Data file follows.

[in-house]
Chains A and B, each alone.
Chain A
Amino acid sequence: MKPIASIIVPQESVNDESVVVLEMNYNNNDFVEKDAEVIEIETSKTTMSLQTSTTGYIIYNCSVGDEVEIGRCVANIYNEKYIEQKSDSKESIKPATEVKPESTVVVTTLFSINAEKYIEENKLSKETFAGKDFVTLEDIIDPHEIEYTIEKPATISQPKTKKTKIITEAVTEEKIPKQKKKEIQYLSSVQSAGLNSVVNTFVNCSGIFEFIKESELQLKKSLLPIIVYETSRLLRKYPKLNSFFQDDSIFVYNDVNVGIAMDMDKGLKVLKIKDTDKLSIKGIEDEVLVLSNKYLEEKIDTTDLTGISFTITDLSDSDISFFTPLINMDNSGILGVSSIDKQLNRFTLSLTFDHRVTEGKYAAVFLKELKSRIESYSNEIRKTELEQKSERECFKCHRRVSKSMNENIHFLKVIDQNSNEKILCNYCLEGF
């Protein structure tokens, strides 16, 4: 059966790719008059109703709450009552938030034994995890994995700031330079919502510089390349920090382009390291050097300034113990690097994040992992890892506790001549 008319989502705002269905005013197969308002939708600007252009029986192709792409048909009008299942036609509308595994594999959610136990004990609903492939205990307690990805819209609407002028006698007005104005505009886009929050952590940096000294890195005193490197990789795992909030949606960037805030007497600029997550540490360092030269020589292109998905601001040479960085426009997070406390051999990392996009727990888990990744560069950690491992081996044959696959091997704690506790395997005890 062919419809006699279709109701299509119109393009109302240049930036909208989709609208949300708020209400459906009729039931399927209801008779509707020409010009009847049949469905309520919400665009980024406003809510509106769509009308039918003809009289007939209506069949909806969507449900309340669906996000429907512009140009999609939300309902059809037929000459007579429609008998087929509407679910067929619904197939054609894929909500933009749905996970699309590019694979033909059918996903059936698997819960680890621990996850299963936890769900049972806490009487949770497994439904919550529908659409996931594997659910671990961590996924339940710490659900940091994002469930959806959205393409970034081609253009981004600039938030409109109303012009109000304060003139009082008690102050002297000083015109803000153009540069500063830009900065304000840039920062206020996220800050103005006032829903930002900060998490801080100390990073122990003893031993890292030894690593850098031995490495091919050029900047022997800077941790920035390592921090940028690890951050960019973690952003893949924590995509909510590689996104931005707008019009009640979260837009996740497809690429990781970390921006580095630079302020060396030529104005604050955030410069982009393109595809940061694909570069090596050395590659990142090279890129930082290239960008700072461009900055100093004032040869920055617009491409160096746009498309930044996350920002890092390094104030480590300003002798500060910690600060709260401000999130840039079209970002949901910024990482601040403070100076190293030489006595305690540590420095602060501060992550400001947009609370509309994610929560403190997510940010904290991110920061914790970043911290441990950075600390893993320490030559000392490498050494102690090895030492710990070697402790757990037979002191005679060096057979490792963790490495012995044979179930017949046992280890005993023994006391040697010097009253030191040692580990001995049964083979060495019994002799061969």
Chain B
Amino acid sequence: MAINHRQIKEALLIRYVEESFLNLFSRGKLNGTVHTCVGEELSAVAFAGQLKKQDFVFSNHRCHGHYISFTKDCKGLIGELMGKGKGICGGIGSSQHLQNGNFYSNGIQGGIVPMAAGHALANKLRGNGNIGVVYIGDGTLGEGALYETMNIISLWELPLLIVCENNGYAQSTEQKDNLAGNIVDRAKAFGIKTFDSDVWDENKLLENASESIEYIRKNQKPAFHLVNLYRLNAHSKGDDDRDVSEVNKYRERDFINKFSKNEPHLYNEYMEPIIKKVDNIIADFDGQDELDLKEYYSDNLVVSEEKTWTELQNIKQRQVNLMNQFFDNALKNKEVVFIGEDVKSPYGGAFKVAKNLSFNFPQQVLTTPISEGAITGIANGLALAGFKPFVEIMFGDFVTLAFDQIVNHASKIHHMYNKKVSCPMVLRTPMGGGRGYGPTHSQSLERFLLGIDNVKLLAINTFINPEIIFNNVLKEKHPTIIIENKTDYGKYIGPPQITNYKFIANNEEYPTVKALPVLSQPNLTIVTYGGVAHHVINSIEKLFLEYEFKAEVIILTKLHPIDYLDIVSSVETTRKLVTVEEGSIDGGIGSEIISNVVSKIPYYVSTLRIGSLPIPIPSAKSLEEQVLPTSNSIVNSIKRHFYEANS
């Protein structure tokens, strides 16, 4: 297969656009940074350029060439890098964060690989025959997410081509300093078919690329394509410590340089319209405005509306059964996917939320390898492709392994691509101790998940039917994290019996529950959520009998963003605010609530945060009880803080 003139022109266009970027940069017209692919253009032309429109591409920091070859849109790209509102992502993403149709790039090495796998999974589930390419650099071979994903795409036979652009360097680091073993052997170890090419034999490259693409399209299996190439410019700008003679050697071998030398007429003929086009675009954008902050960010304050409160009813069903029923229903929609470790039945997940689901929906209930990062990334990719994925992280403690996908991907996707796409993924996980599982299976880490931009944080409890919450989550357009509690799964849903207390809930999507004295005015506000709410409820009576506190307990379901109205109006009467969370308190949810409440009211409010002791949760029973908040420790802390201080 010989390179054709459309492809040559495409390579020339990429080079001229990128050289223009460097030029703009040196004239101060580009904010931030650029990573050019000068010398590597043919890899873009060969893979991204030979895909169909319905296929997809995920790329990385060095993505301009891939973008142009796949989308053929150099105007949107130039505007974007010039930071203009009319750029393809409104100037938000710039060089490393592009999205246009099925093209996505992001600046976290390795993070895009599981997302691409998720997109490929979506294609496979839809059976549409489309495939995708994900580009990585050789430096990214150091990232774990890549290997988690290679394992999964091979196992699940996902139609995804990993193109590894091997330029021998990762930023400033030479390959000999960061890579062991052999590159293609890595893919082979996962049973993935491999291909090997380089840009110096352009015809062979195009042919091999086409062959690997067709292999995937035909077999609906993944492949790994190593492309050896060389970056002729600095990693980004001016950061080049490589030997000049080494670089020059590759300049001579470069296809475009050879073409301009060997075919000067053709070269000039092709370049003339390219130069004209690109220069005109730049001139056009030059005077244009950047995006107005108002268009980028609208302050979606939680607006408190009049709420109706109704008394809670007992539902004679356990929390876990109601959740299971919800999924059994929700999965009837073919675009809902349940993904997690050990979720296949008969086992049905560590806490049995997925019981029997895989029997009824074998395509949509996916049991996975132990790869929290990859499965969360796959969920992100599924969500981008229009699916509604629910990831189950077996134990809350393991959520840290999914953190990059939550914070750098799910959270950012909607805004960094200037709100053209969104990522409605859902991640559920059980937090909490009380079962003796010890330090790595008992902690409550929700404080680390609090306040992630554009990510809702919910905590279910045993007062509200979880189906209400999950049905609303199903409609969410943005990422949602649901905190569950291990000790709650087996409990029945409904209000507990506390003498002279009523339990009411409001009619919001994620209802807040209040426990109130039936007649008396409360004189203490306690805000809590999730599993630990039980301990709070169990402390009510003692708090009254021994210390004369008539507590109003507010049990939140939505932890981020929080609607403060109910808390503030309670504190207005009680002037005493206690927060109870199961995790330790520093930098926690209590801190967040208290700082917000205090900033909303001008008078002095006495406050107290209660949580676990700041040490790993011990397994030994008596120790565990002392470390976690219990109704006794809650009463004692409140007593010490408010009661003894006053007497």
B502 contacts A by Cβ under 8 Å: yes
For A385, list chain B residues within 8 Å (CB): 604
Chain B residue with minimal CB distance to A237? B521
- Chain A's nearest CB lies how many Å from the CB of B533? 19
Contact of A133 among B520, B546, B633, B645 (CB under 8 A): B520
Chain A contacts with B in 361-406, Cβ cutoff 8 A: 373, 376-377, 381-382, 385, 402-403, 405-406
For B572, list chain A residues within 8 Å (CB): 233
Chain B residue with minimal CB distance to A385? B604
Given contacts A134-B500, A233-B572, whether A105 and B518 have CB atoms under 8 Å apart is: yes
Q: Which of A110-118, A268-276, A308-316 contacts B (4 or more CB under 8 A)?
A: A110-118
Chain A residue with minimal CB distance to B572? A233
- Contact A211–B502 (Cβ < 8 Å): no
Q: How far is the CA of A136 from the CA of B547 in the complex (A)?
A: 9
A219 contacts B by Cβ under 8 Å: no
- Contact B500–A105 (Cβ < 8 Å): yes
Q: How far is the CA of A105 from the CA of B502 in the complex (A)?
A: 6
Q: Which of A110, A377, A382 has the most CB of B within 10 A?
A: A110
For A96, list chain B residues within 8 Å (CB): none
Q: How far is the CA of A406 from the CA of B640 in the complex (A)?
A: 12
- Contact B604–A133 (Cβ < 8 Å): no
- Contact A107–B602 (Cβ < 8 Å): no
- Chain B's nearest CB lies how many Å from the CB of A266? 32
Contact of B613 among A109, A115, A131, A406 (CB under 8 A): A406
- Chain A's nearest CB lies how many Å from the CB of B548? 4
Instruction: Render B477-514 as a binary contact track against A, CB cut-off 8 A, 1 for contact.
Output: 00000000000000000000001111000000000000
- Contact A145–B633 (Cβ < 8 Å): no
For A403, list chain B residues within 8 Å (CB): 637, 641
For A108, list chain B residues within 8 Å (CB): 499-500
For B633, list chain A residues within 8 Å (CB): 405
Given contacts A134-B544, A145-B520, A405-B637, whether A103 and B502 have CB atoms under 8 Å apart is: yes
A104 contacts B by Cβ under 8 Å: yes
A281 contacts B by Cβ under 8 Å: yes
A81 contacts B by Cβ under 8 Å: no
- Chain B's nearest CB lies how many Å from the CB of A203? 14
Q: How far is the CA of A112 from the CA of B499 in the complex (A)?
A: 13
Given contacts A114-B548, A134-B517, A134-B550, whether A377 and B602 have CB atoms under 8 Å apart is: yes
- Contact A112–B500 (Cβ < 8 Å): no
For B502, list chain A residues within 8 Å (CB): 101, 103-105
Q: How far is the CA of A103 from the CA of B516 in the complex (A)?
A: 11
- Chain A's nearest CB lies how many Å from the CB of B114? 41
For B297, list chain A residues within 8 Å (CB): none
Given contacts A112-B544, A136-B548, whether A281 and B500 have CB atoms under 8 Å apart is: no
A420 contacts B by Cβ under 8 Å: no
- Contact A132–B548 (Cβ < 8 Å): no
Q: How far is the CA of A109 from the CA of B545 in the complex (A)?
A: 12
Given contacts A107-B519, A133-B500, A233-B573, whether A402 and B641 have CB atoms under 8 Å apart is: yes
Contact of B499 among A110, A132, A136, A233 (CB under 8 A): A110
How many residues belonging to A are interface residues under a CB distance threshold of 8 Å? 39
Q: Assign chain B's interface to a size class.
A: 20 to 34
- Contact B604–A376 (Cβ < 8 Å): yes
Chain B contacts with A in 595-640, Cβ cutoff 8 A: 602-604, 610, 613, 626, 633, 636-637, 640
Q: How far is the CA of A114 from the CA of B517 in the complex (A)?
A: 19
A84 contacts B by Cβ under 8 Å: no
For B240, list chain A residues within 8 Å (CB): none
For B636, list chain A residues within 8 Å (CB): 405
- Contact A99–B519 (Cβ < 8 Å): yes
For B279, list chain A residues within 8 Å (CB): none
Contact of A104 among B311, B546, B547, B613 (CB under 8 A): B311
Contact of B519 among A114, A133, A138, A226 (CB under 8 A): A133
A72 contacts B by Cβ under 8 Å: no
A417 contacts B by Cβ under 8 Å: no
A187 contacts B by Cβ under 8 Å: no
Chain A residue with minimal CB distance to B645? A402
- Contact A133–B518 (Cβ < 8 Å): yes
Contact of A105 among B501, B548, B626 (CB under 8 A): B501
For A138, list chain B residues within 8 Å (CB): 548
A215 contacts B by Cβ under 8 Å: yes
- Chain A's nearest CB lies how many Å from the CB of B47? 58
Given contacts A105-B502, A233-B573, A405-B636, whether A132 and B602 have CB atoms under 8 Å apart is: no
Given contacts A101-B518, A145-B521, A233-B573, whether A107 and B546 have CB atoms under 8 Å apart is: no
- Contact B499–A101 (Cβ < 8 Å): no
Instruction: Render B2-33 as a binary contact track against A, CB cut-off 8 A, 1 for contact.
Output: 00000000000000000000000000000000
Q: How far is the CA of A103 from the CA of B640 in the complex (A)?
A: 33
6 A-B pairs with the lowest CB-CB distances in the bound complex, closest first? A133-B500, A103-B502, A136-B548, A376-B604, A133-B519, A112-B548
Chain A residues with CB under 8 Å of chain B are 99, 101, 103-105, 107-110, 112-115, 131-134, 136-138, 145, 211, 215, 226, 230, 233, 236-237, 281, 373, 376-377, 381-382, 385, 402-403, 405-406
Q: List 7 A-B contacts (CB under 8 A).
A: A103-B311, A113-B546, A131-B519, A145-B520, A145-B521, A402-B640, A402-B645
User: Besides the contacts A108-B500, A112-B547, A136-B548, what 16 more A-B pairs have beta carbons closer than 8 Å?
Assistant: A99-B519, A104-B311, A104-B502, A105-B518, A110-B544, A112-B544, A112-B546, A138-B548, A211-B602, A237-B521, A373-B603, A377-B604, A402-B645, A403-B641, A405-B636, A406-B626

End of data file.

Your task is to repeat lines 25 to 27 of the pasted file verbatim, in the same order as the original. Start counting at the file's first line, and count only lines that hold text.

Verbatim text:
- Contact B500–A105 (Cβ < 8 Å): yes
Q: How far is the CA of A105 from the CA of B502 in the complex (A)?
A: 6